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Berkeley County, West Virginia Biography of Lydia BOGGS

         Lydia BOGGS was born in Back Creek Valley on February 26, 1766, the daughter of Captain John Boggs. Her father and grandfather, William Boggs Jr. and Sr., respectively, came to America in 1750 and obtained a grant of land, situated on the State Road leading from Hedgesville to Berkeley Springs on the west border of Back Creek, from Lord Fairfax. Lydia Boggs' father was a captain in "Lord Dunmore's War" and was stationed at Cat Fish Camp, 25 miles from Wheeling, West Virginia (now Little Washington, Pennsylvania).

         In 1871, Captain Boggs and his family were living on Buffalo Creek in what is now Ohio County, West Virginia, when father and daughter were captured by the Indians; they did escape. Because of the unprotected situation, her family moved to Wheeling. At the second siege of Fort Henry, when she was 16 years old, Lydia was in the fort with her father and assisted in molding bullets. She continued making ammunition until her arms and hands were blistered. While there, she made an acquaintance with Moses Shepherd, a man she later married.

         Moses Shepherd was born at Shepherdstown, Berkeley County, and moved with his father to a plantation between Big and Little Creeks, near Wheeling. Colonel David Shepherd, his father, later built Fort Shepherd, near that place. When Moses was 14, the Dunmore War was in progress and the fort was destroyed except for the mill. David Shepherd took command of Fort Henry and successfully defended it against the Indian and British attack.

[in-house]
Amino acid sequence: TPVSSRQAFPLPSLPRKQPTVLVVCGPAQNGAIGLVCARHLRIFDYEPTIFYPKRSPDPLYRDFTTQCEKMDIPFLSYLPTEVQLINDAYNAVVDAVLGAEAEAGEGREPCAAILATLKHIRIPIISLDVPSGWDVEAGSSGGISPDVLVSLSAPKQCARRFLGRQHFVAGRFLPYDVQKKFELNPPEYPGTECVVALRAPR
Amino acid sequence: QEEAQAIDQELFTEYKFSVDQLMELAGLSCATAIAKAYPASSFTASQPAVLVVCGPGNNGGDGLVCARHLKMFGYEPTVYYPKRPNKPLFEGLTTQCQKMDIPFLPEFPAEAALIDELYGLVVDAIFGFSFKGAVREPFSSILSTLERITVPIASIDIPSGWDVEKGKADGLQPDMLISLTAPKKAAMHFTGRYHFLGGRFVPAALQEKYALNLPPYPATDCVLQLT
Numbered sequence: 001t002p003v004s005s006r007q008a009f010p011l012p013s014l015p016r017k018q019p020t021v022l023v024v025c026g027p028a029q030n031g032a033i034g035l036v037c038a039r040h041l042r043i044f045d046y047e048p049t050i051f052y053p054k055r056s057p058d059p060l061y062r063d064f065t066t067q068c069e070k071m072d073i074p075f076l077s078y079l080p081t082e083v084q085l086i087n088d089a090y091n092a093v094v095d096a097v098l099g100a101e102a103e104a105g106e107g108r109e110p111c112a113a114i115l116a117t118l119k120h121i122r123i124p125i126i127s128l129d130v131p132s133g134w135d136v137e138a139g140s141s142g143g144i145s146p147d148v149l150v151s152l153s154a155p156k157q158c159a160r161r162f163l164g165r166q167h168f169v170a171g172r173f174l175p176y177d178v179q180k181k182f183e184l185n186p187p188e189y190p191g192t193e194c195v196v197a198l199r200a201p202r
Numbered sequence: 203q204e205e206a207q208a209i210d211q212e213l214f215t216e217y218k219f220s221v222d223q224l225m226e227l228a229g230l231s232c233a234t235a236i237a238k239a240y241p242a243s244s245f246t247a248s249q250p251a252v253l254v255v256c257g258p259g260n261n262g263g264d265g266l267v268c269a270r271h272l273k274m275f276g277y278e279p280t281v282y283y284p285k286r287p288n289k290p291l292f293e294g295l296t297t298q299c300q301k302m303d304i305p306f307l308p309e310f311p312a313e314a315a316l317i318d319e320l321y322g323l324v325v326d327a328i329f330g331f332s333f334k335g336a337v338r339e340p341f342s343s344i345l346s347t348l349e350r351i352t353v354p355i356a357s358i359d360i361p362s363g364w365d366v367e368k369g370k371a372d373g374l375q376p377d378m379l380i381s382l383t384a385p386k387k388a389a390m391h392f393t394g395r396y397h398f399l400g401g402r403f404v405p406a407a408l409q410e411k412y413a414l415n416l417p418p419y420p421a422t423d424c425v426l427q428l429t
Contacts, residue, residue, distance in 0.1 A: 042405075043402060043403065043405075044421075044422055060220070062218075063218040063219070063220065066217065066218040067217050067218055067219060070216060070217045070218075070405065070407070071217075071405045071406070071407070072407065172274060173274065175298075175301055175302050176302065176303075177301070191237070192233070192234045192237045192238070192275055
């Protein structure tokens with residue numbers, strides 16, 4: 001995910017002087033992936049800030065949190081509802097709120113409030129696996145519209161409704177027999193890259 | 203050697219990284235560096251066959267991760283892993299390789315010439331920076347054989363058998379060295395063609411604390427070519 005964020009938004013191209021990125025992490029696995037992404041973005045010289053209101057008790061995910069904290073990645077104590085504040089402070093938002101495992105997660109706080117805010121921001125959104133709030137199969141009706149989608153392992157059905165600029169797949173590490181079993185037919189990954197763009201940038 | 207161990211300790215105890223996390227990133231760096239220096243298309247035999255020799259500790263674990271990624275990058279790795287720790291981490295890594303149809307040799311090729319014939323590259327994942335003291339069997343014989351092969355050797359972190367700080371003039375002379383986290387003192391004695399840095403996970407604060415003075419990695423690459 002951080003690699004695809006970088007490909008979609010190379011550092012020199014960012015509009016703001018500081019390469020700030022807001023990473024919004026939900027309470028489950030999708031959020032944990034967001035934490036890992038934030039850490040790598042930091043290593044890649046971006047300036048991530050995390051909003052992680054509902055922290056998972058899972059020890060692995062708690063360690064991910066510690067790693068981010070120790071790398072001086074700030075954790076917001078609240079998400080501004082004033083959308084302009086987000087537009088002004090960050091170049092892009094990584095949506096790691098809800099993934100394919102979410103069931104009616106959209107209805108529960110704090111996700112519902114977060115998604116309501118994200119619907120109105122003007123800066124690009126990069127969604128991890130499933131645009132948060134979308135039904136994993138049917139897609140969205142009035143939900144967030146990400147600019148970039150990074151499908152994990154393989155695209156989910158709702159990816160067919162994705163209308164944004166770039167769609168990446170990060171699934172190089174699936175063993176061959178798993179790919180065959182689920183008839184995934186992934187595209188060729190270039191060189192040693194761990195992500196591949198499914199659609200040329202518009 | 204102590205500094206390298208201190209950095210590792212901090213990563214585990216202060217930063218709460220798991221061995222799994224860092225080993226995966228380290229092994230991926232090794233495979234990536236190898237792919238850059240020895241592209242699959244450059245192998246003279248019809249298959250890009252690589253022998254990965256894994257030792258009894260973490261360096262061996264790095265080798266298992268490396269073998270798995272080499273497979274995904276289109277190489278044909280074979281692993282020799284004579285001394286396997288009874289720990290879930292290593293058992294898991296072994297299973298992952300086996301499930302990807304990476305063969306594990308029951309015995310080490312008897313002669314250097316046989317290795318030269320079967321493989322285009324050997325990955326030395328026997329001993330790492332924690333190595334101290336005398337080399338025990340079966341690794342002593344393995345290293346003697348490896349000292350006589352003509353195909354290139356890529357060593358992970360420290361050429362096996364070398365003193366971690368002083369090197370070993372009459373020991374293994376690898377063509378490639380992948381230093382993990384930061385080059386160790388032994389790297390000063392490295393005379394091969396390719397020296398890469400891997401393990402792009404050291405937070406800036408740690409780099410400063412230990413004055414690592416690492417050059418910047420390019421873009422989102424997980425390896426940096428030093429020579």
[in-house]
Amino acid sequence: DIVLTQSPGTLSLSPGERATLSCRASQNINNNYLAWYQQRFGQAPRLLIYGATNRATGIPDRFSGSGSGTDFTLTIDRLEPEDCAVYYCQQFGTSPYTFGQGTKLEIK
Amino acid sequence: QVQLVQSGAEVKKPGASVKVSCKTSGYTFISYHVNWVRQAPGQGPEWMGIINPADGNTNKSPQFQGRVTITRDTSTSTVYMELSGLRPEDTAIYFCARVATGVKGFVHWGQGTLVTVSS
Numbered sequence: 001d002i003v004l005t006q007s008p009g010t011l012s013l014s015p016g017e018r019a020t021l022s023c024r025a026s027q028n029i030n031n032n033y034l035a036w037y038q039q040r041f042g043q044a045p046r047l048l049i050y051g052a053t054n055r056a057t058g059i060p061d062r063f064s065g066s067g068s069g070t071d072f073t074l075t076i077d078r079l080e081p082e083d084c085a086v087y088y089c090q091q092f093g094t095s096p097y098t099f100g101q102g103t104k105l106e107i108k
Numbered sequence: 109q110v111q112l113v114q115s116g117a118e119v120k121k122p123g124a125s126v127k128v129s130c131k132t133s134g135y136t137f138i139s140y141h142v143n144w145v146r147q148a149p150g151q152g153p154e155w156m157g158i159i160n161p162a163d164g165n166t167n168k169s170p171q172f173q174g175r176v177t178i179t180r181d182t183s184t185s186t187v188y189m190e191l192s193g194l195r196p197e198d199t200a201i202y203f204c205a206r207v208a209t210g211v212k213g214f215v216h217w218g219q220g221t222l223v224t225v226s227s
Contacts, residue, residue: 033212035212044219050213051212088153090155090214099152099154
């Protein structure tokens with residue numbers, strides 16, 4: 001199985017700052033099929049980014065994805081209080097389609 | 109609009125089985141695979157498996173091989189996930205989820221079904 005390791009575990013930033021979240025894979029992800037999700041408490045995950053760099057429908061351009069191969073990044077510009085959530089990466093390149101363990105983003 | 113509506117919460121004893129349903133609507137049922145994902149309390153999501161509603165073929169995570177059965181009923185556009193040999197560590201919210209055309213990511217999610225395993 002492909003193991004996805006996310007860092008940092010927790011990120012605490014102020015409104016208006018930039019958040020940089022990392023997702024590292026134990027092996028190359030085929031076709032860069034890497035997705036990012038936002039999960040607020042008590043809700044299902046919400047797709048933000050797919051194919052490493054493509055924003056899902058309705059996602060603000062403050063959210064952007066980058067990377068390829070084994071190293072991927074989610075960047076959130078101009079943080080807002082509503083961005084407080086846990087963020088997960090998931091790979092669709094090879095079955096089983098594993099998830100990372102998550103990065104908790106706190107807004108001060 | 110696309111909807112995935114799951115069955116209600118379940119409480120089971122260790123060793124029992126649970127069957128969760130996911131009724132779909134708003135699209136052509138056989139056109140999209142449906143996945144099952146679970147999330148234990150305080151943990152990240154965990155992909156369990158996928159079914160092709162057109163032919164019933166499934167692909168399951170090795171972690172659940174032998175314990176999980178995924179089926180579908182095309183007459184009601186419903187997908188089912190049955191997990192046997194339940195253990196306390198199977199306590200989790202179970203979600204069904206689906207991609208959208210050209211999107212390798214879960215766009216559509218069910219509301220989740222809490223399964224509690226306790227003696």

Lydia (Boggs) Shepherd, on the death of Moses, later married General David Cruger of New York. She inherited considerable wealth from her first husband, including “Shepherd Hall,” which stood on the old site of Fort Shepherd, and where she spent her later years “in the stone mansion, managing her extensive plantation and large business interests.” Some of those visiting her at that home were Major S.A. Duke of Arkansas, who wrote an extensive article of her home and her dress, Senator Benton and family, and Mrs. Rebecca Harding Davis, who wrote a magazine article about her. She spent her winters in Washington D.C. and entertained many, including Lafayette, Henry Clay, Calhoun, Andrew Jackson, and James K. Polk. She lived to be 102 years old.

    Submitted by Marilyn Gouge and extracted from Submitted by Marilyn Gouge and extracted from History of Berkeley County, West Virginia, 1928.

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